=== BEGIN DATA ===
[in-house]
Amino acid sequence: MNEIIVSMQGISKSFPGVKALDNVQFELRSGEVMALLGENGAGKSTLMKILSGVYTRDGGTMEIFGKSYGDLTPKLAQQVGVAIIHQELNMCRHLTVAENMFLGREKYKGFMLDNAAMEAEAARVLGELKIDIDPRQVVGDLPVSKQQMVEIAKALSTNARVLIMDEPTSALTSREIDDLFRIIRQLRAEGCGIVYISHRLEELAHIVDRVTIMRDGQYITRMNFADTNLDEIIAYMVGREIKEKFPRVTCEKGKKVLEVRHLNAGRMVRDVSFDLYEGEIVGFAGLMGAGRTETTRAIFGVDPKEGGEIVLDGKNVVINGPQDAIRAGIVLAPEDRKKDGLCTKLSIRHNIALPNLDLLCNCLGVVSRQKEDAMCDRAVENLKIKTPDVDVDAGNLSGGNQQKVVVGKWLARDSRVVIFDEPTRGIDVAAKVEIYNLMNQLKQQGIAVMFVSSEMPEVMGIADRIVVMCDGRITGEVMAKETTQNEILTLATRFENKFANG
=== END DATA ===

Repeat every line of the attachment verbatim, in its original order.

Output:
[in-house]
Amino acid sequence: MNEIIVSMQGISKSFPGVKALDNVQFELRSGEVMALLGENGAGKSTLMKILSGVYTRDGGTMEIFGKSYGDLTPKLAQQVGVAIIHQELNMCRHLTVAENMFLGREKYKGFMLDNAAMEAEAARVLGELKIDIDPRQVVGDLPVSKQQMVEIAKALSTNARVLIMDEPTSALTSREIDDLFRIIRQLRAEGCGIVYISHRLEELAHIVDRVTIMRDGQYITRMNFADTNLDEIIAYMVGREIKEKFPRVTCEKGKKVLEVRHLNAGRMVRDVSFDLYEGEIVGFAGLMGAGRTETTRAIFGVDPKEGGEIVLDGKNVVINGPQDAIRAGIVLAPEDRKKDGLCTKLSIRHNIALPNLDLLCNCLGVVSRQKEDAMCDRAVENLKIKTPDVDVDAGNLSGGNQQKVVVGKWLARDSRVVIFDEPTRGIDVAAKVEIYNLMNQLKQQGIAVMFVSSEMPEVMGIADRIVVMCDGRITGEVMAKETTQNEILTLATRFENKFANG